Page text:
The city of Chicago has a rich musical history starting with blues and jazz (Louis Armstrong was big with his Hot 5 and Hot 7 bands), through the soul era (home to the influential Motown and Memphis labels), spawning the Chi-Twon style of rap epitomised by Lupe Fiasco and Kanye West. It was also one of the birthplaces of house music – more specifically Chicago house.
British DJ and radio presenter has just put together a quick and accessible history of the influence of Chicago on electronic music, addressing the legacy of people like Frankie Knuckles and venues like the Warehouse. It was first broadcast on Saturday July 16th on BBC Radio 4 and can be streamed here.
Here’s the BBC spiel:
Presenter and DJ Dave Pearce travel to Chicago to hear how a country traditionally resistant to dance music finally got it. The US invented it and then ignored it. Today with electronic dance music estimated to be a $20 billion industry, what do those who started Chicago House in the early 1980s think of this new scene?
House music grew out of black gay clubs in Chicago in the early 1980s. We hear from Robert Williams who started the legendary Warehouse club where the scene got its name. He brought in Frankie Knuckles to DJ and Dave Pearce hears how he would create his own edits to keep the crowd dancing all night.
In Chicago we track down Rocky Jones, founder of DJ International, who put out some of the very first records. What was his reaction when he found out the few thousand records he put out were driving a cult scene in the UK? With contributions from The Pet Shop Boys, DJ Marshall Jefferson and DJ Pierre we hear how the sound of Chicago topped the charts in the UK.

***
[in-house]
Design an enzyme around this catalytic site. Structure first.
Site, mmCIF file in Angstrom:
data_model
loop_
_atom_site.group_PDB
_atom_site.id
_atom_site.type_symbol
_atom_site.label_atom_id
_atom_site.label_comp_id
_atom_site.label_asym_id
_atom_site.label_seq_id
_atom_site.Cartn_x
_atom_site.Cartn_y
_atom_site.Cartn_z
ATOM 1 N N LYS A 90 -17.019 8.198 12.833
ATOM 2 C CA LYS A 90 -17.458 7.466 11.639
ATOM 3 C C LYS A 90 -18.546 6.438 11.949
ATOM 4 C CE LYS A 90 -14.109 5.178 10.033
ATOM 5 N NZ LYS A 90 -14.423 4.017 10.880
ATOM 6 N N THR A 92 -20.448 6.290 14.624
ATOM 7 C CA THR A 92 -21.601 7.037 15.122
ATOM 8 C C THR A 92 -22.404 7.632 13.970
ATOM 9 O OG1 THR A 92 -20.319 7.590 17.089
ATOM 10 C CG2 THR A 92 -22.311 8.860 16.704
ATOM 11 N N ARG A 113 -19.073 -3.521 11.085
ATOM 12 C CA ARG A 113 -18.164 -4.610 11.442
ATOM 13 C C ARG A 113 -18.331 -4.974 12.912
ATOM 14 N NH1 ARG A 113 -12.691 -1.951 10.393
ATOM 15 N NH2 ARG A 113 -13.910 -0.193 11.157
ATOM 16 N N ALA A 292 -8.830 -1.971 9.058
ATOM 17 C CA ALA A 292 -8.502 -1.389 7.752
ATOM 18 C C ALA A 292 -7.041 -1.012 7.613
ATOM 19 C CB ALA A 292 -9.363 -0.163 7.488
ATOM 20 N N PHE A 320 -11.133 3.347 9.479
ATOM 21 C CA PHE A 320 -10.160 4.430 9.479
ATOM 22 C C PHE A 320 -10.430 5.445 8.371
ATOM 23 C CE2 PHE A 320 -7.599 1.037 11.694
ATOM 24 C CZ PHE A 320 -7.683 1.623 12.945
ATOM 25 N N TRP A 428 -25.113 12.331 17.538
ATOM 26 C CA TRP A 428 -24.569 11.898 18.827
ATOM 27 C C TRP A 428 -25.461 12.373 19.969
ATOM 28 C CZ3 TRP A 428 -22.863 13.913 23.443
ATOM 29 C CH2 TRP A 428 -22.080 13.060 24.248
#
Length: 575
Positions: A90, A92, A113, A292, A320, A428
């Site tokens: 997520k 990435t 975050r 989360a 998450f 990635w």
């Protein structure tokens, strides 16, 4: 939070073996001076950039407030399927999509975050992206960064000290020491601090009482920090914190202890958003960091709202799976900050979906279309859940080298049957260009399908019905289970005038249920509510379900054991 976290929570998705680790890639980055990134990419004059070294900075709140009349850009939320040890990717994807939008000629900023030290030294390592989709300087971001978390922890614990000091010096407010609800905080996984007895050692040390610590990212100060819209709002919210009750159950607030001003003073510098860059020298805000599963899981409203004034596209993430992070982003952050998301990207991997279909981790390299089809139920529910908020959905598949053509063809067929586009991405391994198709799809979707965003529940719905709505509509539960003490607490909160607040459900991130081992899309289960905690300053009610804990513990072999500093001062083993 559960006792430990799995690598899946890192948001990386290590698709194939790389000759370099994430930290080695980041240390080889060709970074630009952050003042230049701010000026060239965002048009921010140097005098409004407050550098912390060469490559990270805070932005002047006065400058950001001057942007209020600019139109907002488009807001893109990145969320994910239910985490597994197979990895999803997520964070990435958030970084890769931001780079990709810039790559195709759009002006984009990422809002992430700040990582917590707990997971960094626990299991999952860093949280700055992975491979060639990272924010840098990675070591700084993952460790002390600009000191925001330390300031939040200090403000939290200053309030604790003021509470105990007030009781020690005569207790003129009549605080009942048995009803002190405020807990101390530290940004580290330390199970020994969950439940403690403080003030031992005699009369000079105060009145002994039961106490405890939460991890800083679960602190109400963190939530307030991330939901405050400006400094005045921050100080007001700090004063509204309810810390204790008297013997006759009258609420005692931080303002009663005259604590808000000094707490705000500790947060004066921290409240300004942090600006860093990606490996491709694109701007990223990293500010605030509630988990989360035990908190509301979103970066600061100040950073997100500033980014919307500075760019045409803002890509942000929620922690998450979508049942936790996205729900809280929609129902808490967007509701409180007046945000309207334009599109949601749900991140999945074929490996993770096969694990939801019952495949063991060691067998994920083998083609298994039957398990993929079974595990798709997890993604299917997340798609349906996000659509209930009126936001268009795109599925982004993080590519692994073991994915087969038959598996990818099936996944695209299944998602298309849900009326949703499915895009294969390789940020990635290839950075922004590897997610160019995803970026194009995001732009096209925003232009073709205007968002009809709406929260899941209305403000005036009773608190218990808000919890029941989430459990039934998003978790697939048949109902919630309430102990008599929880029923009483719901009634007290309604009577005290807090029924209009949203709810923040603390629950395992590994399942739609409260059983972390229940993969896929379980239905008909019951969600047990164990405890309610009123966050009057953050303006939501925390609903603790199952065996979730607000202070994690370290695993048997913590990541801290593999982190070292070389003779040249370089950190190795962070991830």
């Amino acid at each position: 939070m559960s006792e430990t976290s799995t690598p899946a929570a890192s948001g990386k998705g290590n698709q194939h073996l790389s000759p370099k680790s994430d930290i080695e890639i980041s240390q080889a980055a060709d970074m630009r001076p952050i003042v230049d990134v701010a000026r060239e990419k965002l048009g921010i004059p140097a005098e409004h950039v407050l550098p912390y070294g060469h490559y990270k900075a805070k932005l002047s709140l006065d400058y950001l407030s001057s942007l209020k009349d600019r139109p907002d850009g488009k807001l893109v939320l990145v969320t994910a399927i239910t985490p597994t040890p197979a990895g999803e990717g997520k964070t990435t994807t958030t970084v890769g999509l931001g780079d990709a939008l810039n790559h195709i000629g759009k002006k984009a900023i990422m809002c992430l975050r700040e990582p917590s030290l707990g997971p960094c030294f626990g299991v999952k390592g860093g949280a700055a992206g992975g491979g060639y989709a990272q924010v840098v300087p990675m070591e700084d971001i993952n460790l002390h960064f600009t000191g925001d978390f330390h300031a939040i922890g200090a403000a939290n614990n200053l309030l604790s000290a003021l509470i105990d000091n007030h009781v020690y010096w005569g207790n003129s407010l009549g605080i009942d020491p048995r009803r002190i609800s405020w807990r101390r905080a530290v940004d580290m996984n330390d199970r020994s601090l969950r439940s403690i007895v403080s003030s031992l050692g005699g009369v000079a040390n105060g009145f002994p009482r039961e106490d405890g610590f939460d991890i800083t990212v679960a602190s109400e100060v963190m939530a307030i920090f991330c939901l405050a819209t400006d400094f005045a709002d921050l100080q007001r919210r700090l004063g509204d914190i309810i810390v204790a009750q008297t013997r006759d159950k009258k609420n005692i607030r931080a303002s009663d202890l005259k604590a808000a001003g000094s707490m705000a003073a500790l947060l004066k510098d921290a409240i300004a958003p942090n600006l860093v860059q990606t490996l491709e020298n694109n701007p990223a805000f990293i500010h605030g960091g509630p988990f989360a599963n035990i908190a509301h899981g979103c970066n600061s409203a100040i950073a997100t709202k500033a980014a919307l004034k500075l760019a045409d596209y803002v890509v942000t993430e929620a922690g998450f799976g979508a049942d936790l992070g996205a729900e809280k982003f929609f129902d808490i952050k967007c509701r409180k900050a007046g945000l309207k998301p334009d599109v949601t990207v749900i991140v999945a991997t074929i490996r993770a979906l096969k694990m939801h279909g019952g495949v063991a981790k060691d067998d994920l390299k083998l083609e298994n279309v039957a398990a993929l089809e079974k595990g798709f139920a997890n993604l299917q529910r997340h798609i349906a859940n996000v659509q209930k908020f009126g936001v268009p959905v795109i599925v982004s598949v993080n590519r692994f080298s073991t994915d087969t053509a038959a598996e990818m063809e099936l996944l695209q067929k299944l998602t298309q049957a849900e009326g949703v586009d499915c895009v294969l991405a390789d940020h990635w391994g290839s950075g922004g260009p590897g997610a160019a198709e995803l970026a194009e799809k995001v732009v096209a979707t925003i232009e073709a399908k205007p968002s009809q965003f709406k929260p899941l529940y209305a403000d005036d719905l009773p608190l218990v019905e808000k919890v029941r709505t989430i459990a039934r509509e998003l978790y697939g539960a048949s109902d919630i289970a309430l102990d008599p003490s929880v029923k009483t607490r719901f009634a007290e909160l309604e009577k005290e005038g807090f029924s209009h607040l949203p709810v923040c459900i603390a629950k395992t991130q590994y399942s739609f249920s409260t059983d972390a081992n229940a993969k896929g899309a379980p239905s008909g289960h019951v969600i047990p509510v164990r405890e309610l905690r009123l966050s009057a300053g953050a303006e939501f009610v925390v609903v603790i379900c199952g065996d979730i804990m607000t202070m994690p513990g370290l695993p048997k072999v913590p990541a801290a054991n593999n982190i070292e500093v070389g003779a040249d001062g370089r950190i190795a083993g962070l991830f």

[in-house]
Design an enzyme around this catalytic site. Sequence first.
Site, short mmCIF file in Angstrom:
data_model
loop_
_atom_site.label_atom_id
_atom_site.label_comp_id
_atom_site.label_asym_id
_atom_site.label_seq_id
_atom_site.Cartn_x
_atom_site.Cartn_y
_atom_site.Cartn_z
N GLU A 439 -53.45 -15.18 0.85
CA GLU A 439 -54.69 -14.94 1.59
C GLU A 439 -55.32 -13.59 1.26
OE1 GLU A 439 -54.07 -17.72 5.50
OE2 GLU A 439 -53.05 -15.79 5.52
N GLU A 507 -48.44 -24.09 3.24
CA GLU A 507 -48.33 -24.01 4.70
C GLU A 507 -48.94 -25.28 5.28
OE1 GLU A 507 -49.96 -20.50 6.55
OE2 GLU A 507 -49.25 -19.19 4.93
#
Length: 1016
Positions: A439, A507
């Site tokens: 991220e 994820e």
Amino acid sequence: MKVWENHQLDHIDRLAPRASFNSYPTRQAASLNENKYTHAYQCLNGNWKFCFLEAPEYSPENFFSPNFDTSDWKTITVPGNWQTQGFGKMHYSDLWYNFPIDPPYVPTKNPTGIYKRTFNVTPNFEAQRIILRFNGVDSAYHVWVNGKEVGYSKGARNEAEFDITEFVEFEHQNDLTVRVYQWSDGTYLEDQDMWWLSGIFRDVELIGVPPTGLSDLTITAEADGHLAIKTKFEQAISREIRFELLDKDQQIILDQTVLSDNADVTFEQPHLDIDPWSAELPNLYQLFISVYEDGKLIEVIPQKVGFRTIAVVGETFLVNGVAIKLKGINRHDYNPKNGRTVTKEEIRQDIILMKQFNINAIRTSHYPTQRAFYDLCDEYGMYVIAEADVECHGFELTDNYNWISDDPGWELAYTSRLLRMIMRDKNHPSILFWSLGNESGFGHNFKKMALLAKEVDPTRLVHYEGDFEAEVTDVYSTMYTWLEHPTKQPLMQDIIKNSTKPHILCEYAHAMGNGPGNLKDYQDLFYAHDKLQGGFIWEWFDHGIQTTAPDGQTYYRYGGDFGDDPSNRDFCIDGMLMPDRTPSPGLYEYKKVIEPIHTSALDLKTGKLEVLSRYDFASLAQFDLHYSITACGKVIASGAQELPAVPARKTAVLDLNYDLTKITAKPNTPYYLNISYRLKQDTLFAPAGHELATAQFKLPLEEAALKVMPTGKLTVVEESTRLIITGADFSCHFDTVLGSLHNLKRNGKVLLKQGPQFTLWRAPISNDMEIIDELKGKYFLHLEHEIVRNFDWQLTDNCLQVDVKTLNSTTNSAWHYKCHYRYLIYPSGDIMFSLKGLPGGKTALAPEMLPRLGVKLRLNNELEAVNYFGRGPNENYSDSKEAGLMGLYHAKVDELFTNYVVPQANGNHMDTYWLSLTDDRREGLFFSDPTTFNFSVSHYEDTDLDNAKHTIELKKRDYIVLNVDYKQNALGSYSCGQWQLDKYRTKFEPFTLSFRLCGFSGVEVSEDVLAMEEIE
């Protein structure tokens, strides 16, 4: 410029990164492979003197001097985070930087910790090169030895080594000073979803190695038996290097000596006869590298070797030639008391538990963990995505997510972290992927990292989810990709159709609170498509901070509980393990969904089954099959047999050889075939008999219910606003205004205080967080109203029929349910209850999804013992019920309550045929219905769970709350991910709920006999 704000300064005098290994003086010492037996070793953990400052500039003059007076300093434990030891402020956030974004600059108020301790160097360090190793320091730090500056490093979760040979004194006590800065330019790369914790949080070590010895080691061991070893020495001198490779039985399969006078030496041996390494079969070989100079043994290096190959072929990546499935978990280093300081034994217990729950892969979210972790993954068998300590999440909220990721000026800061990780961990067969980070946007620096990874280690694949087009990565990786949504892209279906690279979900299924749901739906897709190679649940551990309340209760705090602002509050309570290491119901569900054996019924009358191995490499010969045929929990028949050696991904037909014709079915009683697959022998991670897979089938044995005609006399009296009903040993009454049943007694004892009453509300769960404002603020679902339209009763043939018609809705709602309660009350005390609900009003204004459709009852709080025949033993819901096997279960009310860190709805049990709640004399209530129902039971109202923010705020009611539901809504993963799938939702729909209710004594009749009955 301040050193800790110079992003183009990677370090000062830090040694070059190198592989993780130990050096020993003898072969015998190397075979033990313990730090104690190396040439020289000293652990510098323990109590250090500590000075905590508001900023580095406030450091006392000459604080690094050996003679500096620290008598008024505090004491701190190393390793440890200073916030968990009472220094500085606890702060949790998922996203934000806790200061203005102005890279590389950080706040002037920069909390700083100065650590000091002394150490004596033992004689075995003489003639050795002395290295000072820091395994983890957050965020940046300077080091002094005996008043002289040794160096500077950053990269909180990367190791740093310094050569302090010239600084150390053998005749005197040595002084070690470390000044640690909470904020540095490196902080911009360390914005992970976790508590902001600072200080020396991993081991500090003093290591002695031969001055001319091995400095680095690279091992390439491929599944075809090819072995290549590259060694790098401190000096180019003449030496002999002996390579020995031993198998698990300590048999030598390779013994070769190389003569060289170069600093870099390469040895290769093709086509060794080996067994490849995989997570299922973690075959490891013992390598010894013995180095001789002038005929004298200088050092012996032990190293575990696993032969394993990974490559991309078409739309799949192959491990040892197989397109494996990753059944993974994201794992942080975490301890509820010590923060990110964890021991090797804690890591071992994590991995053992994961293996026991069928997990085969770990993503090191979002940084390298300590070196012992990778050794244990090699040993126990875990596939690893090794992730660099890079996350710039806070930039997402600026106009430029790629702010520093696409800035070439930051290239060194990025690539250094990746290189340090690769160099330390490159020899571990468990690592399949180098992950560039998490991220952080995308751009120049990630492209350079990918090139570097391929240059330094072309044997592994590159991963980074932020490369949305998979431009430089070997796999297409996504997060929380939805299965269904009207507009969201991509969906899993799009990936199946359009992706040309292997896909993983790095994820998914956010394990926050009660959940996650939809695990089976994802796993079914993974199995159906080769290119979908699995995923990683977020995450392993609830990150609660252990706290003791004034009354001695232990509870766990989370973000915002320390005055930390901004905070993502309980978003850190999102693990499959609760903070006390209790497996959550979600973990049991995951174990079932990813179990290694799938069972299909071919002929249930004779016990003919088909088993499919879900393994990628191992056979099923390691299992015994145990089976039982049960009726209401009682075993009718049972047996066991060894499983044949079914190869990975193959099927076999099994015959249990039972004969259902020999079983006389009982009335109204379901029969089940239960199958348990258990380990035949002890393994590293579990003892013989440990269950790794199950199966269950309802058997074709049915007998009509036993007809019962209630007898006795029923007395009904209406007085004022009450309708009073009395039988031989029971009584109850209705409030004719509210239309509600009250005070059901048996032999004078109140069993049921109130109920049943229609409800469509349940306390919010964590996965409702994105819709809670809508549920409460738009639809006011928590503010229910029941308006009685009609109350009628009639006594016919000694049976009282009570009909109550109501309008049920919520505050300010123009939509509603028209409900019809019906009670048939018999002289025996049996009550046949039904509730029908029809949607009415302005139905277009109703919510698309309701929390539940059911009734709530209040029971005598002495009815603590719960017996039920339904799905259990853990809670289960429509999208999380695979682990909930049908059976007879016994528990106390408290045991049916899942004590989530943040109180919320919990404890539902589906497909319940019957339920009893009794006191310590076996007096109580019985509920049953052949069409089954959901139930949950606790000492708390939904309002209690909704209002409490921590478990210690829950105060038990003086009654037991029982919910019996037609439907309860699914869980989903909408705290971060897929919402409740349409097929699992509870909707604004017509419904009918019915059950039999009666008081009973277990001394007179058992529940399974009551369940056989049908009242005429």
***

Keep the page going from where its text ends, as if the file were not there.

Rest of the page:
But in America a lot of house music wasn’t played on the radio because it was viewed as gay music. As Hip Hop became the dominant musical form, Chicago House was pushed out to the suburbs. DJ Black Madonna takes us on a tour of one of the few remaining house music clubs. While here in the UK a new generation of house music artists like Disclosure have found an audience and a following. They tour the world playing their own interpretation of Chicago House.
A Tonic Media production for BBC Radio 4.
This is a great introduction to the genre. Pearce has also picked his 10 favourite Chicago house tracks which you can read about here. I think all of these were played in the documentary. Here’s a Spotify playlist link